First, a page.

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Re: [Full-disclosure] Remote Desktop Command Fixation Attacks
maybe I am making a huge mistake for responding to your message, but
let see. this is what I think about security in depth in a bit more
let say that we have a wireless network which is guarded by "security
in depth" network administrators. the first thing they will do is to
secure the actual network by some massive segmentation exercises...
then the connection with enhanced privacy/encryption schemes (WPA2).
They will put more layers on the top of that. For example, the users
need to authenticate with client-side certificates. Now the network
and the connection is secure (sort of), they enforce group policy for
all laptops so that these laptops cannot connect to any other network
(sending probe requests, rogue access points). Right! But now they
also kill the ethernet since a laptop cannot be connected to the
wireless and the wired network since it is also a risk (stepping stone
attacks). Each client has a firewall on the top of that. The firewall
blocks everything that comes in and lets only the browser to go out
through a proxy which requires authentication (NTLM, Basic Auth, etc).
The user of the laptop runs with the least possible privileges and
they cannot install software. They cannot use the CD (Sonny Rootkits),
they cannot use the USB (endpoint security). The laptop has a boot
password as well so in case it is stolen the attackers cannot crack
open the disk.
My question is the following: does this sound sane to you? Do you
really believe that someone will let you do all that, without causing
chaos? Laptops are good because they are mobile. You are allowed to
take them out and work from home. At home you have your own network
which you would like to connect to. Even if you use a different
account on that same laptop to connect to that network, the risk is
still there. A system is as secure as the weakest link.
Companies don't like to hear how you are going to solve all problems
once and for all with some killer security in depth solution because
it is not possible. in order to make things work you have to leave
various doors open. At GNUCITIZEN we have one maxima.. "Be
legitimate!" If the attacker try to be a legitimate user as much as
possible they will stay unnoticed and they will get in.
Now how do we handle security in 21st century the way I see it (btw, I
am not interest in selling any services, in fact, GNUCITIZEN is not
that type of organization)? First of all, careful planning - the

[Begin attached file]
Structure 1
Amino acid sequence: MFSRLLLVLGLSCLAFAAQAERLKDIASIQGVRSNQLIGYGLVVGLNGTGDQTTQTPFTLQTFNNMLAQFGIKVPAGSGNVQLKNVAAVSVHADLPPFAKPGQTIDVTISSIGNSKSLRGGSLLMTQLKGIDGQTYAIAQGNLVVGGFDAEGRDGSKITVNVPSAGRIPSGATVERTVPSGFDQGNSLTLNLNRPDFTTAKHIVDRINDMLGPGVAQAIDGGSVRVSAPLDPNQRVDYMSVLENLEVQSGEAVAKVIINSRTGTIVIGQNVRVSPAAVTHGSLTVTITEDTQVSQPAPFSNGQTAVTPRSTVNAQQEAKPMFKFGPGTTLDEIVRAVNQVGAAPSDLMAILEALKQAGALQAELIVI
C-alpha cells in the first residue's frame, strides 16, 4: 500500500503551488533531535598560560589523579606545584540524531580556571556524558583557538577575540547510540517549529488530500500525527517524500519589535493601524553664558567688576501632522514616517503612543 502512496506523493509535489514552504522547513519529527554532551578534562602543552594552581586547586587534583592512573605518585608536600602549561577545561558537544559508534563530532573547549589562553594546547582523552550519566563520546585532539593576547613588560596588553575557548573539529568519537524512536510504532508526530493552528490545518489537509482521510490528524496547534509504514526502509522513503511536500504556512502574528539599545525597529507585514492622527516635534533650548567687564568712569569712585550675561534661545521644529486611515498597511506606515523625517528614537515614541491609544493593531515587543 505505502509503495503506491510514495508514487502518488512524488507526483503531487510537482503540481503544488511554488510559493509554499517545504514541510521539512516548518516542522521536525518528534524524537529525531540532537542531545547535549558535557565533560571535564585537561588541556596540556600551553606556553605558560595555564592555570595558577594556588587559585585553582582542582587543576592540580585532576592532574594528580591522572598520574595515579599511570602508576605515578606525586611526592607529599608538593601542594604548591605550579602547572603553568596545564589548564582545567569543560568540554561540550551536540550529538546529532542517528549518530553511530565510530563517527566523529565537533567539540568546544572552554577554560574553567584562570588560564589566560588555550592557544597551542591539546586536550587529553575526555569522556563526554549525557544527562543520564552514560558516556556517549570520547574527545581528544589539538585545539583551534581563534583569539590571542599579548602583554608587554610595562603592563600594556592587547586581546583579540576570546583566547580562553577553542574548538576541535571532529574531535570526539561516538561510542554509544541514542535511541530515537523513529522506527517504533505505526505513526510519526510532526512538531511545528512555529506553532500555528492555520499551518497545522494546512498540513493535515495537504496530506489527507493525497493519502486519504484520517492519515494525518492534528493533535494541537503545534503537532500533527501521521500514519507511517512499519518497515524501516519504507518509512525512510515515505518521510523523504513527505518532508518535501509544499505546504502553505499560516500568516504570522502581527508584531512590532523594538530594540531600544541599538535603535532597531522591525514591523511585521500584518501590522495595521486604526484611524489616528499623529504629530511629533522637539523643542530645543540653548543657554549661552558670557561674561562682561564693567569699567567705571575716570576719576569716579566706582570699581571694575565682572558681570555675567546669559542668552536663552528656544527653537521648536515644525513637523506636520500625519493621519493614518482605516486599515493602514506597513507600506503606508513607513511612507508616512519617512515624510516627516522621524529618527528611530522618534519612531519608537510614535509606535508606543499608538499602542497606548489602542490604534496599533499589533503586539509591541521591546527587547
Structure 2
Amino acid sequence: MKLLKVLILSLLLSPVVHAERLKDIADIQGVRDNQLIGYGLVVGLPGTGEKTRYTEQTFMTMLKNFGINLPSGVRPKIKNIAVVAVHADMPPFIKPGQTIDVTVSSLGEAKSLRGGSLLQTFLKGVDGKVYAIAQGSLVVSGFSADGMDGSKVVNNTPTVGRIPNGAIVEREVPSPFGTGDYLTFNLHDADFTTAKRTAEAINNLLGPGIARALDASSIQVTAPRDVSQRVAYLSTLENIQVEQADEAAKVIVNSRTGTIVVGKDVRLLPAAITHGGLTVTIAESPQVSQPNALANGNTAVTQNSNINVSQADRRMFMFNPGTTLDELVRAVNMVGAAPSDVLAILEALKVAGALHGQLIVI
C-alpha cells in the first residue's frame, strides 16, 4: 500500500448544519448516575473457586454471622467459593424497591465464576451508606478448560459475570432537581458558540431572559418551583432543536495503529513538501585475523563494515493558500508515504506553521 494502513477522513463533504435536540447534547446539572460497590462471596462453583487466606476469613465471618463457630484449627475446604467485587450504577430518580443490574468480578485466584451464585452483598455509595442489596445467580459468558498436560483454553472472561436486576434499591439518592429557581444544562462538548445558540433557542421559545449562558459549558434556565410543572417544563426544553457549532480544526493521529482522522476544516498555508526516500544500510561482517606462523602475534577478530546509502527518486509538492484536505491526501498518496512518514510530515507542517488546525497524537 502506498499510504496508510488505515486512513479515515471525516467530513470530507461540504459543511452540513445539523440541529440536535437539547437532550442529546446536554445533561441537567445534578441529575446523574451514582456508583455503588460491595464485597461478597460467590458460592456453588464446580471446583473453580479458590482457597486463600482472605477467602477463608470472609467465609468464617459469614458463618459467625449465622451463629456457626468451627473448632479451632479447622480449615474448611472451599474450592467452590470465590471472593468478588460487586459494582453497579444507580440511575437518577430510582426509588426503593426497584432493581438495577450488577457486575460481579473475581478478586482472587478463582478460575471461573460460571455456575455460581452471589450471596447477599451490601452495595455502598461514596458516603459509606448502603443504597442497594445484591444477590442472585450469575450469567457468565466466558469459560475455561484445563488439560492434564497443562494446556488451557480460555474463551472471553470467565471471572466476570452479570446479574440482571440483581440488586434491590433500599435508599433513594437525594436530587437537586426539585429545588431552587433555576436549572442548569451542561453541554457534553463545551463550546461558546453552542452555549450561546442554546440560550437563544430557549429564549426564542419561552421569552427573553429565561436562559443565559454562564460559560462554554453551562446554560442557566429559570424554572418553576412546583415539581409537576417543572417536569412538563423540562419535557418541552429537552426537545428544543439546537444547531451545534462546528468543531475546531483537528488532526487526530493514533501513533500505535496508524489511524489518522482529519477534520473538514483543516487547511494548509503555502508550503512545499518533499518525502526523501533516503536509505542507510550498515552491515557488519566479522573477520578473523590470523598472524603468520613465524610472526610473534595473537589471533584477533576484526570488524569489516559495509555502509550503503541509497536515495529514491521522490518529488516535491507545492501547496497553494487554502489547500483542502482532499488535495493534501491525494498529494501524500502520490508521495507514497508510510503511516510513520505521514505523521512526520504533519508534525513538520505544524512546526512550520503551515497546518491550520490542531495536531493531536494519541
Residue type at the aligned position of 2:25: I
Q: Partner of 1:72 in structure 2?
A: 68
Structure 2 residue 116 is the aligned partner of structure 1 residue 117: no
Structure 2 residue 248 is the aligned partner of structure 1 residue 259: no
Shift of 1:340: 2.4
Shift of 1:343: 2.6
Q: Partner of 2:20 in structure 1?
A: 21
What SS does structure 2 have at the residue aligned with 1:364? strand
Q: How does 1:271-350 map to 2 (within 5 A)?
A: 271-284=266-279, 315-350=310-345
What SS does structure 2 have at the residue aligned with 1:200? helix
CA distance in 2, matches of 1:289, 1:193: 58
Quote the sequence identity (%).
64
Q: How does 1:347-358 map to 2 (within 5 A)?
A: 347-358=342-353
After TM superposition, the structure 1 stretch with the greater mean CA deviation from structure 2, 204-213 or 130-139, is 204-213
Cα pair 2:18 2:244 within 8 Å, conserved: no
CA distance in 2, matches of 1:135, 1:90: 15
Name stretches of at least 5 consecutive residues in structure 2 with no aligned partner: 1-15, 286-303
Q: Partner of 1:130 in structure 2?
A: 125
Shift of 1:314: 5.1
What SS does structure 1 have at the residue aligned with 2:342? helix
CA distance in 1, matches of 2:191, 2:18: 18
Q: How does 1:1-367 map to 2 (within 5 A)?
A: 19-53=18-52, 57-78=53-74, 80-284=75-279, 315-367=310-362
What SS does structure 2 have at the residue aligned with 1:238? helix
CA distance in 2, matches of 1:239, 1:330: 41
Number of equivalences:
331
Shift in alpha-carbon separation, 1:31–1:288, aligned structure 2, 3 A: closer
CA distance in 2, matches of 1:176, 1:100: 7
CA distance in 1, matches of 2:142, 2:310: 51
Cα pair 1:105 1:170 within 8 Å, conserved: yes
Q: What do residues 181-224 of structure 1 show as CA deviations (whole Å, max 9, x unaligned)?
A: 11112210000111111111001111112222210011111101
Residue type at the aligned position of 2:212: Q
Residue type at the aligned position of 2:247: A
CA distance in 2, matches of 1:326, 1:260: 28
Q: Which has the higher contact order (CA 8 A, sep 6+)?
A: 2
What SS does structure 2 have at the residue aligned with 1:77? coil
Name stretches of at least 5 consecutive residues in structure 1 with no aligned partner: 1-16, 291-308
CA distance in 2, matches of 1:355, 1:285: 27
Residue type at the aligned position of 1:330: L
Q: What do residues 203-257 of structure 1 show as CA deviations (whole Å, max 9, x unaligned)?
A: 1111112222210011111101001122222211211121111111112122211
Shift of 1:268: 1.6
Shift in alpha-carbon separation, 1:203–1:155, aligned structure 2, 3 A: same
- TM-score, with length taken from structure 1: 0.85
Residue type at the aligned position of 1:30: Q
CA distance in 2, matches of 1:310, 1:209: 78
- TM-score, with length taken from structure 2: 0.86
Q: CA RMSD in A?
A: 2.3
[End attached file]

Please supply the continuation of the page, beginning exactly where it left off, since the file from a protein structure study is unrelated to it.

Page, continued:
system has to be as secure as flexible and usable even if this means
that you need to have a shared key for all of your wireless networks.
Second, you need a crisis management plan. Natwest got hacked by a MP3
player.. how many of you have heard of it and for how long this story
was on the news? Third, you need to calculate the risk. Example?
Credit card fraud! We know that cards are getting stolen but the
calculated risk is %2 out of the whole, which can be easily
compensated. Etc, etc, etc!
As you can see it is not just technical when it comes to the real
world. In the real world the management gives you instructions and you
have to implement them in the best possible way. Projects stack up.
People leave, new people join in and work on the networks that have
been given. Chaos is the norm! How many of you have seen a network
that is done right? Yeh, there are a few of you, but you are probably
talking about your home network which does not exceed more then 20
machines. How come I have never seen a security in depth in practice.
You guys are more experienced then me, that's for sure... but I've
done quite a few tests in the past 4 years and I know what I've seen.
It is bad, but it is OK, because then we can sit together and walk
through the entire process.
I expect more flames for which I am not planning to respond. If you
think that security in depth works for you... do it! personally, I
will offer something additional to my clients. something, that gives
them that extra safe net, which has nothing to do with security in
On 10/14/07, C Q <kyle.c.quest@xxxxxxxxx> wrote:
> I guess there's some logic in spreading FUD about security in depth
> not working. It might be a nice way to scare potential customers
> who don't know much about security into whatever services
> Gnucitizen team sells. However, these kind of tricks
> simply won't work with any seasoned security professional.
> It'll actually backfire if you are not careful... because you
> won't be taken seriously in the industry. I'm pretty sure
> Pdp's rating in the books of many security professionals
> went down quite a few notches :-) It's a small world...
> and most likely it'll affect your and your company's
> future... because you'll need to do business with
> people like Thor (who gave a great and very logical
> description with proper supporting examples of what
> security in depth is and what's mean to do).
> The chances are that they'll simply choose to work
> with someone else... who betters understands the big
> picture in security :-)
> Full-Disclosure - We believe in it.
> Hosted and sponsored by Secunia - http://secunia.com/
pdp (architect) | petko d. petkov